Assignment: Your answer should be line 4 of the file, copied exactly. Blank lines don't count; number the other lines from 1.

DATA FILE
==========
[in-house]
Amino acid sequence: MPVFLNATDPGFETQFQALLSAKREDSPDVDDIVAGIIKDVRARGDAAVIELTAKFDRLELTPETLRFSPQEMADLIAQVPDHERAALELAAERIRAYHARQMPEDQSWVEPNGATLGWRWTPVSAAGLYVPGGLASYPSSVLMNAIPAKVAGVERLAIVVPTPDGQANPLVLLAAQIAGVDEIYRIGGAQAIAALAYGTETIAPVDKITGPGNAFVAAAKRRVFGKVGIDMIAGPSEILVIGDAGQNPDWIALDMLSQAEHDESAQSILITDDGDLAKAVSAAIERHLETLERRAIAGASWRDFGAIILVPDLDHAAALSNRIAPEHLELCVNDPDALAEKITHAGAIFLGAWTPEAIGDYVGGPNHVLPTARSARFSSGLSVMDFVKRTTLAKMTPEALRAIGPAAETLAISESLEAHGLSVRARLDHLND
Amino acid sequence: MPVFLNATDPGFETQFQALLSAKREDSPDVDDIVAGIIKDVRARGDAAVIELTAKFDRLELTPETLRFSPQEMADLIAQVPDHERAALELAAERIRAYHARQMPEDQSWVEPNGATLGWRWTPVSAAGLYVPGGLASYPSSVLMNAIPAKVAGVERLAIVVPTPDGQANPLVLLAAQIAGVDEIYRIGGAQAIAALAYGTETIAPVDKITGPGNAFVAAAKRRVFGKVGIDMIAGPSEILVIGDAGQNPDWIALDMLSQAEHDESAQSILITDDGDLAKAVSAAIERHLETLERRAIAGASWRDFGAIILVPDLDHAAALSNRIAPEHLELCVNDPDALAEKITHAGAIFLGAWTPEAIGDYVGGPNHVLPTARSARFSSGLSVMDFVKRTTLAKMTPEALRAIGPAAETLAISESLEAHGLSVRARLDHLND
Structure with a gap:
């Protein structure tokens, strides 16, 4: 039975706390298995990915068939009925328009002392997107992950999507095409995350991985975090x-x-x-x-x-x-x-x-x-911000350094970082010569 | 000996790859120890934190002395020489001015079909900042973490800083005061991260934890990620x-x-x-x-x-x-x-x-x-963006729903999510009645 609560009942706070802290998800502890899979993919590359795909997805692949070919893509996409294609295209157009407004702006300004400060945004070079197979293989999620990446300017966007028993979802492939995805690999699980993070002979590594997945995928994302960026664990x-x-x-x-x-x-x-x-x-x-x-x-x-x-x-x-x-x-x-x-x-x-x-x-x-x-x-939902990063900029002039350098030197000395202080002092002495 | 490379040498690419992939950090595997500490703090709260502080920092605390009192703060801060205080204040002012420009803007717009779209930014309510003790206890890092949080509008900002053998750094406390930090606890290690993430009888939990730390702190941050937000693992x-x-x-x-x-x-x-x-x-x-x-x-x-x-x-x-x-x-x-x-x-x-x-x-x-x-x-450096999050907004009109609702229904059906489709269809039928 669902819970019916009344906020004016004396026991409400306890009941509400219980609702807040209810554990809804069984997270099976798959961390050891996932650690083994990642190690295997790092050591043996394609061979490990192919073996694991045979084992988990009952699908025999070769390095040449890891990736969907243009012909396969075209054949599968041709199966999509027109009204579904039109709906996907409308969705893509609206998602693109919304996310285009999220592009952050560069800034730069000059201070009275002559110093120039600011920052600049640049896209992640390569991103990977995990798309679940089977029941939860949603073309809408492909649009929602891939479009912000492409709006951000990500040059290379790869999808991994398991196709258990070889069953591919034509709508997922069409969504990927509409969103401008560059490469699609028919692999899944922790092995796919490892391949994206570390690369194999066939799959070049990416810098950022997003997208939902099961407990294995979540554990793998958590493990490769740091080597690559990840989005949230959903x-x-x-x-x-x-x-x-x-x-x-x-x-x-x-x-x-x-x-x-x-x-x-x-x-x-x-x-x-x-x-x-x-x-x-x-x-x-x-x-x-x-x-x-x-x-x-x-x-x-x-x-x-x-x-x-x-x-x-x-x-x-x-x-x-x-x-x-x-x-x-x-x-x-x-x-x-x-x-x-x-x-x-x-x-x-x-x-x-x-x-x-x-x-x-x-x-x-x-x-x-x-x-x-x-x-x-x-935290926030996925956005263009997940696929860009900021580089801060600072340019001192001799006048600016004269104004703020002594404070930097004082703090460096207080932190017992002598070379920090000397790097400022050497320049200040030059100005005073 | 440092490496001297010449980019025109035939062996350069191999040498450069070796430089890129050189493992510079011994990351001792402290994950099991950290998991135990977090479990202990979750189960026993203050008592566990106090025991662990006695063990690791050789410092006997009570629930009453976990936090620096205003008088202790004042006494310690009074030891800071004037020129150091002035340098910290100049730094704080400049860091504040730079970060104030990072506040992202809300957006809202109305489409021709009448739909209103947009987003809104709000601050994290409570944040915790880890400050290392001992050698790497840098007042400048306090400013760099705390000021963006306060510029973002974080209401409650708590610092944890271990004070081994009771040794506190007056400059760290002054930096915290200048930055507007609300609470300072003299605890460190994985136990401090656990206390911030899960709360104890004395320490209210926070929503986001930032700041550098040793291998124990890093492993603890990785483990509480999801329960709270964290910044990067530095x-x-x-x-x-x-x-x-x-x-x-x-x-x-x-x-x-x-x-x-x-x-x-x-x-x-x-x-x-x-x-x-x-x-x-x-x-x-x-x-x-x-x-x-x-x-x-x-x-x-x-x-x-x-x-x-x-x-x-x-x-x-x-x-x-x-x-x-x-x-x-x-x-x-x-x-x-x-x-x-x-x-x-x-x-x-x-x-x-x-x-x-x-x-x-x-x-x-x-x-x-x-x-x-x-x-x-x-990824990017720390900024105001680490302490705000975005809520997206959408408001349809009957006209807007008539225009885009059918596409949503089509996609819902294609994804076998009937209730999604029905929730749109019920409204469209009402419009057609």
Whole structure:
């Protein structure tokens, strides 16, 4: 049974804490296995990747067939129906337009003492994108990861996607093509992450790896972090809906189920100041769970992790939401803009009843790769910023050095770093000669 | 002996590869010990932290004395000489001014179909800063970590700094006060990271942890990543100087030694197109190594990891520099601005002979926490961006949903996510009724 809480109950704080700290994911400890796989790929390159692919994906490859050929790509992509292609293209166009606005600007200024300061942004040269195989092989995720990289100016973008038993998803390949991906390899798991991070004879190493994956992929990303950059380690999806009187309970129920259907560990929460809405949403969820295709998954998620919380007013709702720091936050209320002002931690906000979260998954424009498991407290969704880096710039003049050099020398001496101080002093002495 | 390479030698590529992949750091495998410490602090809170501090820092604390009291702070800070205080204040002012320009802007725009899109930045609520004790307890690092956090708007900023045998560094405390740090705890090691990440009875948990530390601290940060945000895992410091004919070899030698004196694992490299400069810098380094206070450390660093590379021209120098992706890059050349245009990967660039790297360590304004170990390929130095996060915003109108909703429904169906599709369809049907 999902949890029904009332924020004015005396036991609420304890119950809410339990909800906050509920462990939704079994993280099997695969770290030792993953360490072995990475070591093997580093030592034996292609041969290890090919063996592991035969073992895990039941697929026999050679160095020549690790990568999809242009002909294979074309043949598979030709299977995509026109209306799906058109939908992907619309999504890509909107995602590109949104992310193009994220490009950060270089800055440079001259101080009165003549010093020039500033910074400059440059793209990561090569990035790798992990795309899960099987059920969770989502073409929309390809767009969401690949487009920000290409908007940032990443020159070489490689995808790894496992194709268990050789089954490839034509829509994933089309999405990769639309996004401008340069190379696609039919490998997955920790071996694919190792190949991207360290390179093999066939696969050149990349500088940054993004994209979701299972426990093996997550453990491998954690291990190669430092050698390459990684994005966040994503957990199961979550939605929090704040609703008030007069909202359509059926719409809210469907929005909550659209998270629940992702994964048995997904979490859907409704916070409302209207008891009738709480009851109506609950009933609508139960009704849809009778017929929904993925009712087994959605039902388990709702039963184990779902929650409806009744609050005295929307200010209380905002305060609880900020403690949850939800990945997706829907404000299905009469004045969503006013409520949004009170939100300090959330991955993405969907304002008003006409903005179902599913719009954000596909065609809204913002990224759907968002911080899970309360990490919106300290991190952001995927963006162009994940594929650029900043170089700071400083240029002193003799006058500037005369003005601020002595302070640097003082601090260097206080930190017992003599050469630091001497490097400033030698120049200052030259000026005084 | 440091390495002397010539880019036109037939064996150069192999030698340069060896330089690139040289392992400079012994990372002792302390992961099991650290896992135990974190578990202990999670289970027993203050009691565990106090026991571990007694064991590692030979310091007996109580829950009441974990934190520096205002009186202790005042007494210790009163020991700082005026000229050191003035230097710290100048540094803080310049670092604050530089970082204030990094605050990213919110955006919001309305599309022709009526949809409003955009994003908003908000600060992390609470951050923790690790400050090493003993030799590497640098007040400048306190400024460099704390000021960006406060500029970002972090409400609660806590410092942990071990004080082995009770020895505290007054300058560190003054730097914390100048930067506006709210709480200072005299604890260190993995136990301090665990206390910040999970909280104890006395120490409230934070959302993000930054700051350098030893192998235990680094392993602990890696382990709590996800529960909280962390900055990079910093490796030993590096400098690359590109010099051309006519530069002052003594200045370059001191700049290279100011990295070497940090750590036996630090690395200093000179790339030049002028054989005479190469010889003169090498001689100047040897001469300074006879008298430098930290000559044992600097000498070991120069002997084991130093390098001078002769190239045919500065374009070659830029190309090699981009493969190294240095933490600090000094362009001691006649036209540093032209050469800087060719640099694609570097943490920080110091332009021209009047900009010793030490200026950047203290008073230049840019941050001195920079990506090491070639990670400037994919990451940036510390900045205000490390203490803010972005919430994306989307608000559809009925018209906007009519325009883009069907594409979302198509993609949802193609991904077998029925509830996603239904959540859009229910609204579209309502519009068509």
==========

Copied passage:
Structure with a gap: